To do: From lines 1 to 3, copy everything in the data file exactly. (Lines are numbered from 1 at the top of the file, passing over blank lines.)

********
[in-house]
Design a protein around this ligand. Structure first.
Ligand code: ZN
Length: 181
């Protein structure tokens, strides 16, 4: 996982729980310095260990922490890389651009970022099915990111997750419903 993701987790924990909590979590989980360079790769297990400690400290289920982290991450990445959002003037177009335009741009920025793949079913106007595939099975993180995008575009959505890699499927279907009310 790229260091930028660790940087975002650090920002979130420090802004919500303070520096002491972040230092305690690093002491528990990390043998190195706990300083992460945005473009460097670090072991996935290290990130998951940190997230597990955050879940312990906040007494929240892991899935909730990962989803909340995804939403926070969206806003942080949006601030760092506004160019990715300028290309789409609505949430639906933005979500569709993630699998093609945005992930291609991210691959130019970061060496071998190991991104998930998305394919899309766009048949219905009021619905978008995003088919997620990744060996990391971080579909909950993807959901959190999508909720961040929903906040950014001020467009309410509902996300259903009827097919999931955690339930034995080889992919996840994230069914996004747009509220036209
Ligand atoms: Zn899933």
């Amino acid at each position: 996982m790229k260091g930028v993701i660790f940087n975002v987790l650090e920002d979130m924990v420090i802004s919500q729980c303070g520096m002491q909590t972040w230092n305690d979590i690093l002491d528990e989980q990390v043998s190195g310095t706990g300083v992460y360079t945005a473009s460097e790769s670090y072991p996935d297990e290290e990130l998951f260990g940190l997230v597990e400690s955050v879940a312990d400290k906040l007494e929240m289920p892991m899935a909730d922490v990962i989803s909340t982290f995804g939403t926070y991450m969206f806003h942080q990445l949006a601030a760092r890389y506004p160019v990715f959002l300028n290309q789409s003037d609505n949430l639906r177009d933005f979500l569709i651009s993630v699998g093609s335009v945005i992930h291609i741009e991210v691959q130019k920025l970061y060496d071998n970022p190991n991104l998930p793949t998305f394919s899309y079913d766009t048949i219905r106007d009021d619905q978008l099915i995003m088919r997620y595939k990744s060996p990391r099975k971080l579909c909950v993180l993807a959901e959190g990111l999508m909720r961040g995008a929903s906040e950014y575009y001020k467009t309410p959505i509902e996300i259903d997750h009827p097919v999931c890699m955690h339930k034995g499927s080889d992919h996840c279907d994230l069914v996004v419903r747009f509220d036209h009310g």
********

[in-house]
Design a protein around this ligand. Structure first.
Ligand code: ZN